Daring Greatly (2012)

Brené Brown’s Daring Greatly is filled with life-changing ideas. She begins with an excerpt from a speech by Theodore Roosevelt:

It is not the critic who counts; not the man who points out how the strong man stumbles, or where the doer of deeds could have done them better. The credit belongs to the man who is actually in the arena, whose face is marred by dust and sweat and blood; who strives valiantly; who errs, who comes short again and again, because there is no effort without error and shortcoming; but who does actually strive to do the deeds; who knows great enthusiasms, the great devotions; who spends himself in a worthy cause; who at the best knows in the end the triumph of high achievement, and who at the worst, if he fails, at least fails while daring greatly…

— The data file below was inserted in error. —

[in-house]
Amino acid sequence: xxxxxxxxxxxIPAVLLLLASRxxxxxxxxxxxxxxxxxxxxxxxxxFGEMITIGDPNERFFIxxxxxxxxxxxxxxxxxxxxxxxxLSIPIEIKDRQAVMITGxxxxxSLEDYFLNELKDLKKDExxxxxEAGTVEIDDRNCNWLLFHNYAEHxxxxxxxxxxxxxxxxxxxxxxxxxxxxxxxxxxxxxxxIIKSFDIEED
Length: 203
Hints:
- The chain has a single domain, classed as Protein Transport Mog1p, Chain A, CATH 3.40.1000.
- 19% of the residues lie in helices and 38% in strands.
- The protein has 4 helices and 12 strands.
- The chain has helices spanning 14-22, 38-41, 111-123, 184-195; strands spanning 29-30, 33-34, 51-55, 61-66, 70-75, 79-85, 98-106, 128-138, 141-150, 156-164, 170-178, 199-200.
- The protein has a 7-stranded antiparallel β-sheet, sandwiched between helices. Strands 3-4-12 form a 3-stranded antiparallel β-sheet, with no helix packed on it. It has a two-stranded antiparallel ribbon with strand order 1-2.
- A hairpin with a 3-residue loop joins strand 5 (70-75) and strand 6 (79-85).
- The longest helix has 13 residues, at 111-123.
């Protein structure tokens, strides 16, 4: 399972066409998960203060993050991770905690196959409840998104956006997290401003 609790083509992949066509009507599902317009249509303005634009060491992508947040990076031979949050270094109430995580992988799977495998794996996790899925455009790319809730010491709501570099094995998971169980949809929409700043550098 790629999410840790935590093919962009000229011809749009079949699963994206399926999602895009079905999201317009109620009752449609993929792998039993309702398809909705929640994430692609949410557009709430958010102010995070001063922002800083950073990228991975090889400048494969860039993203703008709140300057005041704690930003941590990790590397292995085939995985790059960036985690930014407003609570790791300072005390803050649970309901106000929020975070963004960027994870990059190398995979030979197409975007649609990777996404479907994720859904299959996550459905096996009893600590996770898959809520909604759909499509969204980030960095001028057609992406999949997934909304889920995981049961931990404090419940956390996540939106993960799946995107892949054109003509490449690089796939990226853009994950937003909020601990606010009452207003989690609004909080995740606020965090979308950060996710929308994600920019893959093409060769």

What does it look like to go into the arena? For Brown, it means being vulnerable. Life in the arena is life lived vulnerably. And that requires lots of work on the part of the person in the arena: seeing oneself as “enough,” combating shame, removing armor. The book ends with a great chapter on parenting.

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